I wrote about information inequality for The Tyee this week, looking at what's happening as traditional news media fade to black and new business models emerge based on providing high-value information to people and organizations that can pay high prices.
You can read it here.
As part of the research I went through Postmedia's financial report on the last fiscal year, released last week.
It was grim, which is unsurprising given Postmedia's five years of failure to find a solution to the collapse of its business. Revenue down, no positive news and a strategy based on "aggressive and accelerated cost-cutting" and transforming the business model from "selling audience to selling performance marketing solutions and outcomes."
Which could apply to thousands of businesses, from one-person marketing firms to giant media companies, in all sorts of fields.
Postmedia's deal this year with Mogo Finance Technology represents an early attempt to sell "outcomes." In January, Postmedia announced it would provide $50 million worth of "media value" to Mogo over three years — $15 million this year. That's a big boost for a company that spent less than $11 million on marketing last year, but has dreams of becoming the Uber of consumer loans and personal finance.
If the ads and marketing works, Postmedia hopes to benefit from a revenue-sharing deal and a chance to buy Mogo shares at a fixed price.
But the revenue sharing, based on the information available, is likely to provide about $3.5 million to Postmedia this year — less than one-quarter of the value of the services it's providing to Mogo.
And any chance to cash in on an increase in the value of Mogo shares looks remote. Postmedia negotiated a deal that gave it the right to purchase 1.2 million Mogo shares at a price of $2.96, their value at the time of the deal.
Since then, Mogo's share price has fallen by more than 50 per cent, to $1.36. Postmedia's share options are worthless.
On one hand, at least Postmedia is trying something new.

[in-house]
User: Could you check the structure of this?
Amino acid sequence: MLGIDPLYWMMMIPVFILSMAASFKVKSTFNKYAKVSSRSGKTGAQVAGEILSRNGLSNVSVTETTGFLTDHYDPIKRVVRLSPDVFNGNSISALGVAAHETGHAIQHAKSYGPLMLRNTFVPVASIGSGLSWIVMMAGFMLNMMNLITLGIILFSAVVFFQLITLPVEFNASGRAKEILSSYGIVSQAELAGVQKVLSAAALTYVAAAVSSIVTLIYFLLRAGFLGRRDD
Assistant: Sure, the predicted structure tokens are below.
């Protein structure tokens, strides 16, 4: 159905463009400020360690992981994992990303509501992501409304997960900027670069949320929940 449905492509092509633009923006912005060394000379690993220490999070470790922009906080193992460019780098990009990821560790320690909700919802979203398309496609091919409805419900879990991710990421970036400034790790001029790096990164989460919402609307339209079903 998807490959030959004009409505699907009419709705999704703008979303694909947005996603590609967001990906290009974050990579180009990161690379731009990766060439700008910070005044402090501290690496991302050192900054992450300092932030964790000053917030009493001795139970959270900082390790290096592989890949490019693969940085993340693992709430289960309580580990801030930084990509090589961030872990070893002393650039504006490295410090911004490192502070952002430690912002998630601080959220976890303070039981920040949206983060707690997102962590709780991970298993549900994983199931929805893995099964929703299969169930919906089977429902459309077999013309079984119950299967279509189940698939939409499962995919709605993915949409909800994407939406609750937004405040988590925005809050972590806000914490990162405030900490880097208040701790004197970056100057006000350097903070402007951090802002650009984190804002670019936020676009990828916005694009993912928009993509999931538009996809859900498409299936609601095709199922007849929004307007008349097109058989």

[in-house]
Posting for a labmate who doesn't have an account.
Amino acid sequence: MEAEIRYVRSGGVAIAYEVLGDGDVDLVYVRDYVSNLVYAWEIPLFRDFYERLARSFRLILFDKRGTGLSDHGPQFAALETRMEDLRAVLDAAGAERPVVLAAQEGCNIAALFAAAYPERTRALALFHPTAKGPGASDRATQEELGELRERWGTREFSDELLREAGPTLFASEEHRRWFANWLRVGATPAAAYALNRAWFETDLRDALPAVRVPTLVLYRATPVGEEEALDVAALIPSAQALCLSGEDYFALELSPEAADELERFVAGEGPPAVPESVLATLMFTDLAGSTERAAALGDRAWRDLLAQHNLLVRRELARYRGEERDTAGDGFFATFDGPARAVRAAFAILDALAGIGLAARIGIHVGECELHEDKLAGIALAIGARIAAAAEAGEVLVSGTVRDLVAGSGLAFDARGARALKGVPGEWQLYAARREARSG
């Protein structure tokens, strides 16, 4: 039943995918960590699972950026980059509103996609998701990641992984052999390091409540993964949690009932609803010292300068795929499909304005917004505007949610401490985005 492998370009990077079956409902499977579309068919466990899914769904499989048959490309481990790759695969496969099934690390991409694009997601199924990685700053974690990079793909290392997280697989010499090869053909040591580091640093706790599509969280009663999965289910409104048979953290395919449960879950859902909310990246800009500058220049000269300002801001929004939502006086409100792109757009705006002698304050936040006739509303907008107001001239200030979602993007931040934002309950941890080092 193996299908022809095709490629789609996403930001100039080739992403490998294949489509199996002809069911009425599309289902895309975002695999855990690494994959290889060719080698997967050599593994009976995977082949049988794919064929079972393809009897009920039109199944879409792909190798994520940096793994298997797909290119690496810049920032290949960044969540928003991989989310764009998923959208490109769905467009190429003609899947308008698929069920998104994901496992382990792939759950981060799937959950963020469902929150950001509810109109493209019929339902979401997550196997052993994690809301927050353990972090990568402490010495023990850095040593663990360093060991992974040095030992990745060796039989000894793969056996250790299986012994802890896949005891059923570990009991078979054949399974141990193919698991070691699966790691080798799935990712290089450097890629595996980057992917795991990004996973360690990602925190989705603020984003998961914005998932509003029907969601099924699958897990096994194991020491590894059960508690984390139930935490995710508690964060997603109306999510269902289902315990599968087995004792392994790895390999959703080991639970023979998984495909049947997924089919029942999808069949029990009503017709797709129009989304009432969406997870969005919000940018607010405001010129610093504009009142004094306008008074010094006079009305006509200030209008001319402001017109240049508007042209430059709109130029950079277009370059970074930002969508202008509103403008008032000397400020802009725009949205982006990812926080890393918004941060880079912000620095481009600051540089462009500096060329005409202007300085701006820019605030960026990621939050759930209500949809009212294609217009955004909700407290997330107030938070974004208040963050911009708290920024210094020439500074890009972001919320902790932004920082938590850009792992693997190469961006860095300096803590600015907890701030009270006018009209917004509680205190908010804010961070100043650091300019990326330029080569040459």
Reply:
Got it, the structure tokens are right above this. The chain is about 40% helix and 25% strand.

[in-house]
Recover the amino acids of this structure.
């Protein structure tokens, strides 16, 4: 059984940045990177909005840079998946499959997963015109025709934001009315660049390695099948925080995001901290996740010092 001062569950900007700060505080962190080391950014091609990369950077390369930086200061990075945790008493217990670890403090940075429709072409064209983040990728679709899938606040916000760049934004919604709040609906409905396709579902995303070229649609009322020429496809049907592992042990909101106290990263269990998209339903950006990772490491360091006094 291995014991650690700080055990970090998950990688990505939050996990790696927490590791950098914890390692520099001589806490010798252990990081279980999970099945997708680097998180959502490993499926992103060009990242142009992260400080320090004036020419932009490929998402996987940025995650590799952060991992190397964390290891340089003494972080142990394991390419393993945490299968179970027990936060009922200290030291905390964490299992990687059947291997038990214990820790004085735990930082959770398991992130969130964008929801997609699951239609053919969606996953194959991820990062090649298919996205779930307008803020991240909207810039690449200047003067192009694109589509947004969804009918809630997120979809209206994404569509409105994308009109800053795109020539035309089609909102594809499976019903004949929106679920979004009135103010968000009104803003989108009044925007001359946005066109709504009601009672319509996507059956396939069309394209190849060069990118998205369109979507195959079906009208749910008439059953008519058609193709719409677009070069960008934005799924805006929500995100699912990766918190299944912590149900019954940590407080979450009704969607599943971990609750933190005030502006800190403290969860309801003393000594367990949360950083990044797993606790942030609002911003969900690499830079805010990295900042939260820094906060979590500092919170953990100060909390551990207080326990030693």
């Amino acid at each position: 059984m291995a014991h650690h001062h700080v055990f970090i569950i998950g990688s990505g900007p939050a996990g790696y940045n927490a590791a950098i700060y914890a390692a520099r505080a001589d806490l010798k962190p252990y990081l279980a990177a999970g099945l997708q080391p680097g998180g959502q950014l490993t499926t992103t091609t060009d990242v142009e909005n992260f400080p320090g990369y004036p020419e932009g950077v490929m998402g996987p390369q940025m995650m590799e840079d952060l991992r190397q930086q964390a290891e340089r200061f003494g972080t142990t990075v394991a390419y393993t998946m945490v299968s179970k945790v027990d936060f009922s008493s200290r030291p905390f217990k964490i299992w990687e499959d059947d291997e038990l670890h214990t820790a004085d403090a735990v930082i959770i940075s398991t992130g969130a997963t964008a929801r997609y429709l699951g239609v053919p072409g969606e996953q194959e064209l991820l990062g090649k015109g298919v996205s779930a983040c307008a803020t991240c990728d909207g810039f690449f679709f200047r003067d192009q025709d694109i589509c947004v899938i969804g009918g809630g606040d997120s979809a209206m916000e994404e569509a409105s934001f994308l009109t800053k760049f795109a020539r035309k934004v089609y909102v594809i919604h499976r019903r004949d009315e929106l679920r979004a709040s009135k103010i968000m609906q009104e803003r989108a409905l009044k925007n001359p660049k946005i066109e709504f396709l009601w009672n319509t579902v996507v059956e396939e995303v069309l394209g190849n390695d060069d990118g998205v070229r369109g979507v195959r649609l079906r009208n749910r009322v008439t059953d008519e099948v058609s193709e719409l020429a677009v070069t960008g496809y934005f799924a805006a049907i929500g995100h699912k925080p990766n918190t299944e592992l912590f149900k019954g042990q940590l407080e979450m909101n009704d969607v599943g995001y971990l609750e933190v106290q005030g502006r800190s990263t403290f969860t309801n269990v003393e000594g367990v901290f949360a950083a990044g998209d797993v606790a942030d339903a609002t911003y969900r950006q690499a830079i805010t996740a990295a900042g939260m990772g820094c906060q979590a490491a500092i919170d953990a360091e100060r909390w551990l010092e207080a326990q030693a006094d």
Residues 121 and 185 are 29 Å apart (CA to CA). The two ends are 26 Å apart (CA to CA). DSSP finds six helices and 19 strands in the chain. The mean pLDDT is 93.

But it is a little puzzling that a company that couldn't figure out its own business has decided it has the expertise to pick winners in entirely unrelated fields.
And while there is no cash at risk, Postmedia's commitment of $50 million in ads and services does involve both real costs and its reputation.
Combine Mogo's ad budget and the contribution from Postmedia and the small company has a marketing budget equal to BC Lotteries, which spent $26 million on advertising and marketing last year. That was enough to encourage British Columbians to lose $2.4 billion - $6.6 million a day - gambling.
If Postmedia's giant marketing contribution doesn't produce results — if you haven't heard of Mogo by now, for example — that undermines the corporation's claims of effectiveness.
Postmedia has already been slashing print advertising rates, down 16 per cent in the last two years, reflecting both its falling circulation and fierce competition from giants like Facebook and Google. If the $50-million boost for Mogo doesn't produce real results, it will be even harder to convince other companies Postmedia should be part of their marketing budget.
But what do I know? Postmedia's board extended CEO Paul Godfrey's contract Tuesday. It was to expire in 2018; now he's to stay on to the end of 2020. Despite five years of decline, an inability to deliver on plans to revitalize the business and massive losses in shareholder value, somebody thinks Godfrey remains the person to lead Postmedia into what is likely its brief future.